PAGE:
ii) Numerous factors increase a person’s risk of developing active TB, including a suppressed immune response, often due to HIV infection, diabetes, malnutrition and smoking, psychological factors do not play a major role.
iii) Concerning peptic and duodenal ulcers, the majority of which are caused by Helicobacter pylori infection, stress plays a role in susceptibility to ulcer formation by those infected with the bacterium via stress-induced effects on the stomach, an elucidated physiological process (stress suppresses stomach activity, HCl secretion and blood flow to the stomach wall are reduced – the mucous membrane thins enabling its perforation by H. pylori and ulcer formation occurs)4.
Everybody’s immune system is unique and, if the previously mentioned factors remain constant, will respond to infection in its own way, which is why some of those exposed to TB develop the active disease while most do not. Her argument is reminiscent of the suggestion that a positive mental attitude increases a person’s chances of surviving cancer, a claim that has been disproved but is still promoted by the likes of Schaffner.
Given her contempt for diseases caused by pathogenic bacteria, I do wonder if Dr Schaffner uses antibiotics when suffering from a severe bacterial infection, presumably not, instead ensuring she has the correct psychological attitude to ward off such irritating germs. If only she’d been available in the 14th century, so many lives could have been saved. Bubonic plague, gonorrhoea, syphilis, diphtheria, pertussis, anthrax, so many diseases, so much suffering and death, all of which could have been avoided if our ancestors had the sense and wisdom to acknowledge those crucial psychological factors which determined whether or not they became ill. A clear sign of Schaffner’s confusion and muddled thinking is her aforementioned use of malaria and TB, two diseases that predominantly affect the poorest inhabitants of our planet, to support her thesis. Given the latter is based on ME being a construct of Western society and our general inability to deal with the stresses of the modern world, it’s surprising she utilises these ailments, barely present in most wealthy nations, to support her argument.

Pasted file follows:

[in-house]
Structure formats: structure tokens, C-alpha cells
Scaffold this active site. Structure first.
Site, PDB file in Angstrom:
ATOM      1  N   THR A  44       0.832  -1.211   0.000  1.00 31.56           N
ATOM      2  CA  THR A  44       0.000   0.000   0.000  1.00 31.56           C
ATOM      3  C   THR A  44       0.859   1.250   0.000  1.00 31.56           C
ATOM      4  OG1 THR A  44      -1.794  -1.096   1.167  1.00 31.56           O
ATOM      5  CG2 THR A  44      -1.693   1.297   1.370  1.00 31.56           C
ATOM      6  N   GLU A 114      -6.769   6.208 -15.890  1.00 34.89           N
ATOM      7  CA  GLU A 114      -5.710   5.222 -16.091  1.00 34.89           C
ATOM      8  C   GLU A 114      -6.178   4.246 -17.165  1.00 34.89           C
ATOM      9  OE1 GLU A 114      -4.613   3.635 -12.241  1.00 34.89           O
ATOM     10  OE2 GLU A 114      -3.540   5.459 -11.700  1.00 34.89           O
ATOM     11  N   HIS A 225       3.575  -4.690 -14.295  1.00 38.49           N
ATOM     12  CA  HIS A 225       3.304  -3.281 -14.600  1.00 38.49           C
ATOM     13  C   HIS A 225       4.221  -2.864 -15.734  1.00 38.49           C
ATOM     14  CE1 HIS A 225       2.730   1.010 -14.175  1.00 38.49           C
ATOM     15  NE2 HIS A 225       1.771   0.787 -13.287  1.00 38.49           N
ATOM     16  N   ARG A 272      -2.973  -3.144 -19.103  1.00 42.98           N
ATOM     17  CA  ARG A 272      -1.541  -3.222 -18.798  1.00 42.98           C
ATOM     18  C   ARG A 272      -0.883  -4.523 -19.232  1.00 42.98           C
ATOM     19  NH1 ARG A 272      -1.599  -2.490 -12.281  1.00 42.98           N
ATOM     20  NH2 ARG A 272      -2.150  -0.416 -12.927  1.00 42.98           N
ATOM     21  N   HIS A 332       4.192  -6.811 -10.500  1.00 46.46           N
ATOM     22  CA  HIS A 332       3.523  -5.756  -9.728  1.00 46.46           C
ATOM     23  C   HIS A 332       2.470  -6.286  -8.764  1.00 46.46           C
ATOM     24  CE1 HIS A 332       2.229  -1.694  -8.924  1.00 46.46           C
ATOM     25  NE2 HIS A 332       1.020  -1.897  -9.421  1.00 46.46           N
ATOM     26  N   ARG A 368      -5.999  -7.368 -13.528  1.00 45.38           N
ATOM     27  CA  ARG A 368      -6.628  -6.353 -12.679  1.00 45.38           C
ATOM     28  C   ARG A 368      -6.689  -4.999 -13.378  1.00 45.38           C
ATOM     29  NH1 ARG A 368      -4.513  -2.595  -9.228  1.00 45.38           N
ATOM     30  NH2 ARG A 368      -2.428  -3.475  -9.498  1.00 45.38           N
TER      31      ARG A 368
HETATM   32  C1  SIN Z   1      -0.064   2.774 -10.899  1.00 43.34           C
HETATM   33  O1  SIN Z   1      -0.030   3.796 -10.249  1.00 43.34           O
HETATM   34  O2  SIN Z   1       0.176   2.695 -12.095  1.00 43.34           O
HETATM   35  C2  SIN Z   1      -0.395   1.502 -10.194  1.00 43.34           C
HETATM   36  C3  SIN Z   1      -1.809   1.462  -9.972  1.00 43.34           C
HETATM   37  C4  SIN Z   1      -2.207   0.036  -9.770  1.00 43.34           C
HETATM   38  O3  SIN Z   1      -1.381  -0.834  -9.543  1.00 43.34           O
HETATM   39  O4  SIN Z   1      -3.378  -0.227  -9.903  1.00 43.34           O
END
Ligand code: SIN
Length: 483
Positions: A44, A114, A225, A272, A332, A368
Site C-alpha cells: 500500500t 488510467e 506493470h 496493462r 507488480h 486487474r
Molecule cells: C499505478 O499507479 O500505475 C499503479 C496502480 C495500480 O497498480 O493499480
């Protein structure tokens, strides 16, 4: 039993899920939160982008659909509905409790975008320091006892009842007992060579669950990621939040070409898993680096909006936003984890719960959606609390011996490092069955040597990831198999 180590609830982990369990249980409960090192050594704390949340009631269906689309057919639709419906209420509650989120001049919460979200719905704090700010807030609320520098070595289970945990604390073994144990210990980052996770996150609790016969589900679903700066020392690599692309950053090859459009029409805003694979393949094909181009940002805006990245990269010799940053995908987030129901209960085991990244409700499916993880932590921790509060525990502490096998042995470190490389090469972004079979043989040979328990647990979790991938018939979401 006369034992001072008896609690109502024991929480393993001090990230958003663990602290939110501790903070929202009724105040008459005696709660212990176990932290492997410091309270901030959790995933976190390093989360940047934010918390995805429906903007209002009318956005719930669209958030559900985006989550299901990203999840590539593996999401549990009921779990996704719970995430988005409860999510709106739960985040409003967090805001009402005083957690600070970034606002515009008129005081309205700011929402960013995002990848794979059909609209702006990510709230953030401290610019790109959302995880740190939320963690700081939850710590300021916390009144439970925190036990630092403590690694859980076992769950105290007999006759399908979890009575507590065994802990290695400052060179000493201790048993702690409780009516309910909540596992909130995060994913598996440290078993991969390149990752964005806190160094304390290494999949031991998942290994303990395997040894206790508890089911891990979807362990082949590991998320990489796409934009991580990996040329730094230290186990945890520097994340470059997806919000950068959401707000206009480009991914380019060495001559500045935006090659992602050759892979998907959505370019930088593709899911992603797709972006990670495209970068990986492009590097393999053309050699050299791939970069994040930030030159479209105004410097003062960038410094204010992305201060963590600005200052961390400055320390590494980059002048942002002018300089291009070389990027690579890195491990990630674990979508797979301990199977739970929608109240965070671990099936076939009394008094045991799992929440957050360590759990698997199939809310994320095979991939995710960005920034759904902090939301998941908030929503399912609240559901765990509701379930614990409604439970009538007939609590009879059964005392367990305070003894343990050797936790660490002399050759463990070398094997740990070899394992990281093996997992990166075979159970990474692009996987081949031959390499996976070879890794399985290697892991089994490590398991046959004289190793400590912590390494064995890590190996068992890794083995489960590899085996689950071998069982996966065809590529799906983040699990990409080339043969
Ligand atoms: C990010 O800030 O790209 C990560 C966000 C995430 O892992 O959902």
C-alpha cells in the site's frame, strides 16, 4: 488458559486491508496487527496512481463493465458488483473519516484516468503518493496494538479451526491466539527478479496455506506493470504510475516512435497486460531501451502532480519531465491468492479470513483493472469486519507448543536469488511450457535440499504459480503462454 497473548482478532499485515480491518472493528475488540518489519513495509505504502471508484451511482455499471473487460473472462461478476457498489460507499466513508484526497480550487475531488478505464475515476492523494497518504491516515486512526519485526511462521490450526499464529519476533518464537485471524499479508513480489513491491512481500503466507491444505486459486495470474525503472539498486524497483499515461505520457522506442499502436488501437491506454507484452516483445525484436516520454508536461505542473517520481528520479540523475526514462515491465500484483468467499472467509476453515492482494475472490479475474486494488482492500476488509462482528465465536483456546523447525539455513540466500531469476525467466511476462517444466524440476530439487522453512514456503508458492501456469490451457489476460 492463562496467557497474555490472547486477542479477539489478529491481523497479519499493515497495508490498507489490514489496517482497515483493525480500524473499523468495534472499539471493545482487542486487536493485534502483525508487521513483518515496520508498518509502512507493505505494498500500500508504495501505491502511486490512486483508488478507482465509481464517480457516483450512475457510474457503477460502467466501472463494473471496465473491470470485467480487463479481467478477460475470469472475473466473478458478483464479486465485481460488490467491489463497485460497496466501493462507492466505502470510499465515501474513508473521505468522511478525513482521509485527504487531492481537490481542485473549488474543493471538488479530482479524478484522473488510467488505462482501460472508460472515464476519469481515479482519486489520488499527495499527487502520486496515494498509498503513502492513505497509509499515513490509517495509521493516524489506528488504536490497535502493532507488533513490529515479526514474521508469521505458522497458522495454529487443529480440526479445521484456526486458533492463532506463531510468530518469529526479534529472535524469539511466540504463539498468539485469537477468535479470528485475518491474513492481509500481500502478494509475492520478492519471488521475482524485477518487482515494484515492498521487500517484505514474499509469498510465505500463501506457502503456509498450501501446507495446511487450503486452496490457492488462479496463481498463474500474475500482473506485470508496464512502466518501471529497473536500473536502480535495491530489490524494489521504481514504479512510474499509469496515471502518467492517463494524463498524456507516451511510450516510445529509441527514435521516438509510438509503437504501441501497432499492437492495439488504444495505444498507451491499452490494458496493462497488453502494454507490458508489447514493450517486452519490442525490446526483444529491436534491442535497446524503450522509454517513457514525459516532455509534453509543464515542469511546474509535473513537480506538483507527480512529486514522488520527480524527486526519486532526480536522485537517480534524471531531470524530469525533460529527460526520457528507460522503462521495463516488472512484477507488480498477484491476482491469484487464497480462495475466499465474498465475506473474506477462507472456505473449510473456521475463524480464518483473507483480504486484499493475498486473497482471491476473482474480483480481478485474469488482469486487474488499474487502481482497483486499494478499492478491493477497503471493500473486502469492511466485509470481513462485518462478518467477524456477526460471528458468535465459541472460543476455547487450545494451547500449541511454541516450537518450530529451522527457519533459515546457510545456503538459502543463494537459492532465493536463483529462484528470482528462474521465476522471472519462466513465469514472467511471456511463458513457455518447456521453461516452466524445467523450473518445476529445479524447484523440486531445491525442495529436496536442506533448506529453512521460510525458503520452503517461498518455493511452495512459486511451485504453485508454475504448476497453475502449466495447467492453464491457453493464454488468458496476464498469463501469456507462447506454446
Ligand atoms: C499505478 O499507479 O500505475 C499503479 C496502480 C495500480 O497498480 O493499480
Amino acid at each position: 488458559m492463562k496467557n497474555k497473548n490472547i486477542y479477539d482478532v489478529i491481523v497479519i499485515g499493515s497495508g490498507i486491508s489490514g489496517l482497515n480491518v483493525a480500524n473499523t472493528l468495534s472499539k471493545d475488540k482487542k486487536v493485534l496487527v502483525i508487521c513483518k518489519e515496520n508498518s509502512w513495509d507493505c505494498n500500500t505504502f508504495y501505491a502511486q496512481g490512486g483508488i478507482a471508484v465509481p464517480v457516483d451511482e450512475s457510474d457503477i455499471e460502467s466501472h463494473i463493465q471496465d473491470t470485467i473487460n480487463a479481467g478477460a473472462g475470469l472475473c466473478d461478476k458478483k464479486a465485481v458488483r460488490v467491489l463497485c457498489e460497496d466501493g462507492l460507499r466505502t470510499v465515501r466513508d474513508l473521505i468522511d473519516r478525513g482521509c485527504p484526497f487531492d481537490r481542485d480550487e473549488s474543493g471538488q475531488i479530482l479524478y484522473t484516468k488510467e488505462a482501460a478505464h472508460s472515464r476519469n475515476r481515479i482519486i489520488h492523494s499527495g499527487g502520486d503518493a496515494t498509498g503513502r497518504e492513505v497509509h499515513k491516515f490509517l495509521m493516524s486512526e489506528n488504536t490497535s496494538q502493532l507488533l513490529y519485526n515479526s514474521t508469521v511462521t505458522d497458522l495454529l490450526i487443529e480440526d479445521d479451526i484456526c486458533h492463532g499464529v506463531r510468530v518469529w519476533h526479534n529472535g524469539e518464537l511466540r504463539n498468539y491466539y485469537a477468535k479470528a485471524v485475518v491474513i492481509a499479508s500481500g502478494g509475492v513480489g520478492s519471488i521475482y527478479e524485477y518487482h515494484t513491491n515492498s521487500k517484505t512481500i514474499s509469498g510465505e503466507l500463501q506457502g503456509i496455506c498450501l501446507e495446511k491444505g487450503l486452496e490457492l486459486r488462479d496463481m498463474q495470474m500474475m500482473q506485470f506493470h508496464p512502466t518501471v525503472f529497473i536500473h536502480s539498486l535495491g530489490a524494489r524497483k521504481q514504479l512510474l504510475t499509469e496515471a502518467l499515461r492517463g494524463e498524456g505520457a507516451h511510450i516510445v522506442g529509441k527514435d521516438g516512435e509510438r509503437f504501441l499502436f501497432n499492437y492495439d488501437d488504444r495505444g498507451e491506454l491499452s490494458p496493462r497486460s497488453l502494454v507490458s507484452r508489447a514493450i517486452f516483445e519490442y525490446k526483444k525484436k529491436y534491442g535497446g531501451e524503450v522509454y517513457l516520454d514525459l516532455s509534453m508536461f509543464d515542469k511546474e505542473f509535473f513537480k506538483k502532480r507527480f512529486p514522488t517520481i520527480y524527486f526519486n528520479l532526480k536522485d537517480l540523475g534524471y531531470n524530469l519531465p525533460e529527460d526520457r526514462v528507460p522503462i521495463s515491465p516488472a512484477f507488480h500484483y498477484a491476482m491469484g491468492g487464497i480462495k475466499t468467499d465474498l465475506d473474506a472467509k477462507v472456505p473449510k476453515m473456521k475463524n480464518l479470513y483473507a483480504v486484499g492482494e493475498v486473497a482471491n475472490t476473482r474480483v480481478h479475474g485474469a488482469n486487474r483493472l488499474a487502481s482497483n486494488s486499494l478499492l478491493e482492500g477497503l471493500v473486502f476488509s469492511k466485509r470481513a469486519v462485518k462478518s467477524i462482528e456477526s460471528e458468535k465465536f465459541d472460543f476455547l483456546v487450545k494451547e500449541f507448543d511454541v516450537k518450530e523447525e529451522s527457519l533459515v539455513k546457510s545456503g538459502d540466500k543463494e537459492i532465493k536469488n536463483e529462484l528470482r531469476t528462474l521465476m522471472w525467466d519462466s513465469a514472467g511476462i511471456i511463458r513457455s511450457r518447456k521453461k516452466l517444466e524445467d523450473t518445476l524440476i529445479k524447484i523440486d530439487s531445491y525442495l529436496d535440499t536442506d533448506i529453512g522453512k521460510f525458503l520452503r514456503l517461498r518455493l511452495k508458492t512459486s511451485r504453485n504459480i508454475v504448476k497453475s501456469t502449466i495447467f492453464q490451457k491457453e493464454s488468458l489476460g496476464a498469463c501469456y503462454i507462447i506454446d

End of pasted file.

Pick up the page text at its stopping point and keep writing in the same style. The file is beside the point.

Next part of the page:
Schaffner regurgitates another favourite of supporters of the psychogenic disease model, questioning why ME sufferers become so upset with a psychiatric diagnosis. Many patients are upset about a psychiatric diagnosis for ME because ME is not a psychiatric condition. Cancer or Parkinson’s disease patients, even someone suffering with influenza, would not be happy with a psychiatric diagnosis either; Schaffner is being wilfully disingenuous and abusive here. Schaffner’s claim that CFS ‘preoccupied the cultural imagination’ in the latter part of the 20th century is another fallacy, HIV/AIDS possibly, CFS, no. I’m not convinced media attention has shifted to other exhaustion syndromes either (I must make clear I do not believe ME is an exhaustion syndrome) but her book is so full of unsupported, unjustifiable statements one could go on ad infinitum.
There is no other chronic and debilitating condition for which sufferers are continually told their illness and symptoms are imagined. I’m confident that if MS patients were told their disease did not exist (of course they once were) and only required a course of CBT for a cure, they would also be angry towards the medical professional that propounded such beliefs. Schaffner is not original, she follows a long, undistinguished line of cod philosophers who think they can explain away chronic illness in a non-scientific fashion, and why not? Real science is hard; molecular biology is hard, signalling pathways are complex as is the immune system. Why waste time and energy studying this when you can claim it is all imagined, after all, you have a good chance of gaining a knighthood without any of the hard work.
3) Nasim Jafry (2008). ‘The State of ME’, The Friday Project, London
4) Ash, P et al. (2006). ‘Life’s Challenges’, The Open University.
©2016, Geoffrey Jones, All Rights Reserved.